Active management of the third stage of labour

Active management of the third stage of labour


A woman in labour goes through three stages.
In the first stage, the cervix begins to dilate, slowly at the beginning. Once the cervix has
opened to a diameter of 4 cm, it dilates more rapidly, at an average rate of 1 cm per hour,
until it is fully dilated to a diameter of 10 cm. Towards the end of the first stage,
the fetus begins to descend gradually. The second stage of labour begins with the
fully dilated cervix and ends with the delivery of the baby. The third stage of labour begins immediately
thereafter and ends with the delivery of the placenta. The term active management of the third stage
of labour refers to interventions that birth attendants need to make to reduce the risk
of postpartum haemorrhage. Active management of this stage of labour is strongly recommended
in all deliveries because postpartum haemorrhage can occur even in women without any apparent
high-risk factors. This video demonstrates the steps involved in the active management
of the third stage of labour. There are three key steps in the process of
active management: first, administration of an oxytocic drug; second, clamping and cutting
of the umbilical cord; and third, controlled traction of the cord until the placenta is
delivered. Once the baby is delivered, palpate the mother’s
abdomen to rule out the presence of another fetus. Then administer to the mother a 10-international
unit dose of oxytocin intramuscularly. If the mother already has an intravenous line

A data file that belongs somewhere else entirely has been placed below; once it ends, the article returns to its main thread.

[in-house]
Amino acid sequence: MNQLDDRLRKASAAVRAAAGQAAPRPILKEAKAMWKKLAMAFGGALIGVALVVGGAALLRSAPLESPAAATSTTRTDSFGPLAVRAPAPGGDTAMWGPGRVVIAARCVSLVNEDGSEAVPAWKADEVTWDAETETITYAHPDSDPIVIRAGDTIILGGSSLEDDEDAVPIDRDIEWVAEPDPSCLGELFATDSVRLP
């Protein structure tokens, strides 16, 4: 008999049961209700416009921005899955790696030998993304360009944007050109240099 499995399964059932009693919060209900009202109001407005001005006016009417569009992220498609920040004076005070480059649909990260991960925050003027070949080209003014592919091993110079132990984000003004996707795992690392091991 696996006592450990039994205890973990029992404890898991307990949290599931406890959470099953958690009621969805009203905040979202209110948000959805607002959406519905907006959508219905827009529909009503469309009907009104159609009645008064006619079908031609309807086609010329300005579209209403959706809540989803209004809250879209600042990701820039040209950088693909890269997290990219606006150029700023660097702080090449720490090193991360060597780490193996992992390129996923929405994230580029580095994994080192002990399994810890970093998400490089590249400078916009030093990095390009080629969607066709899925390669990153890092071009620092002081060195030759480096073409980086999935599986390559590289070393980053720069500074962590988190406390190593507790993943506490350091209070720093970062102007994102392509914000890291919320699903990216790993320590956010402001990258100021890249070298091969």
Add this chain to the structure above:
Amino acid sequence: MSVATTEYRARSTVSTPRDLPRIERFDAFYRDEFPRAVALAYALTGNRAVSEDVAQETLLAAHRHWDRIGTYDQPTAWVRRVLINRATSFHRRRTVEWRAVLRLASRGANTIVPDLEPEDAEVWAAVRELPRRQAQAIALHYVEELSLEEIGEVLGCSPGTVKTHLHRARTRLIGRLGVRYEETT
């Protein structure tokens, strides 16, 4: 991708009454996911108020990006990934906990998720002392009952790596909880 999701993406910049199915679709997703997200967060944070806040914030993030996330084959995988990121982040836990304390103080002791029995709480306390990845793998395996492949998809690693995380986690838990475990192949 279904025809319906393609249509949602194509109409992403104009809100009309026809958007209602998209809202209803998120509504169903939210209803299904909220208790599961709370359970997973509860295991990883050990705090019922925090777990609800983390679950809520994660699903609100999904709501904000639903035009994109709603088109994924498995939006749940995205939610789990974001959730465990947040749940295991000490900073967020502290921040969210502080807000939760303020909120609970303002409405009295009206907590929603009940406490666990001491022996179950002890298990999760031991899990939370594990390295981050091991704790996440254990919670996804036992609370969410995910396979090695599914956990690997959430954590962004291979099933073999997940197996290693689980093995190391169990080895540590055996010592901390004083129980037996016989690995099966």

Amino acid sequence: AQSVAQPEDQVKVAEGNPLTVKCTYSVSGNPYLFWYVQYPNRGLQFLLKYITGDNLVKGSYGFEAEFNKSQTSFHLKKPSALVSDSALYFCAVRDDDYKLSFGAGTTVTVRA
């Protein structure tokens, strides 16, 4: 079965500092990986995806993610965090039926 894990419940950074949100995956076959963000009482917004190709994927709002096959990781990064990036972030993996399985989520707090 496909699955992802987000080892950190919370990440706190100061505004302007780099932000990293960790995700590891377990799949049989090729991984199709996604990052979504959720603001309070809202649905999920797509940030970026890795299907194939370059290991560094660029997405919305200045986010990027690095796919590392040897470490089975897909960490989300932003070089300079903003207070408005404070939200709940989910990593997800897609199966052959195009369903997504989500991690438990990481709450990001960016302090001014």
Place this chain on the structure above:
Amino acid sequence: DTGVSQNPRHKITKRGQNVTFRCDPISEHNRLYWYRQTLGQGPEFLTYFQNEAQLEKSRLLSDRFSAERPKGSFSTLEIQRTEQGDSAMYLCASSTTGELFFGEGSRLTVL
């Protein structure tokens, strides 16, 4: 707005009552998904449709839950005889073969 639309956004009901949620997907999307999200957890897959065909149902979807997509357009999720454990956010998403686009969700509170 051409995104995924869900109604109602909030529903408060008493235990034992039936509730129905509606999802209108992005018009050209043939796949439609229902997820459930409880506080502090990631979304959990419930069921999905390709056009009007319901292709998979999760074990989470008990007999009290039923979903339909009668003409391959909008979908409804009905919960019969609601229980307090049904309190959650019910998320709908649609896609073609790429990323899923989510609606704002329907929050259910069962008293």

in place, the oxytocin may be administered intravenously, but in this case the oxytocin
should be injected slowly, such that it takes about 60 seconds to inject the complete dose. Once oxytocin has been administered, or is
in the process of being administered, use two sponge forceps to clamp the umbilical
cord roughly in the middle, leaving a 2 to 3 cm space between the forceps. Now cut the
cord between the forceps. Evidence suggests that a delay of 1 minute before cutting a
cord is advisable. Place one hand just above the mother’s pubic
bone, and while pressing, slightly bring the cord to tension with the other hand. At this
stage, do not start pulling the cord to dislodge the placenta. Maintain tension on a cord and
wait for the next strong uterine contraction. When the uterus contracts and appears to become
rounded, gently pull the cord downwards to deliver the placenta while simultaneously
applying firm pressure upwards on the uterus with the other hand. The force applied to pull the cord should
be only slightly greater than what is needed to keep the cord firm under tension. And a
counterforce supplied on the abdomen should be about equal to the pulling force. The counterforce
on the abdomen helps to prevent uterine inversion. After the placenta is delivered, massage the
abdomen for a few minutes every fifteen minutes for the first two hours. The massage helps
the uterus to continue to contract, which in turns helps to stop the bleeding. Ensure
that there is no active bleeding before transferring the woman to the postnatal ward. If there
is bleeding, check for tears and suture as required. Put the baby to the breast early
to promote breastfeeding.

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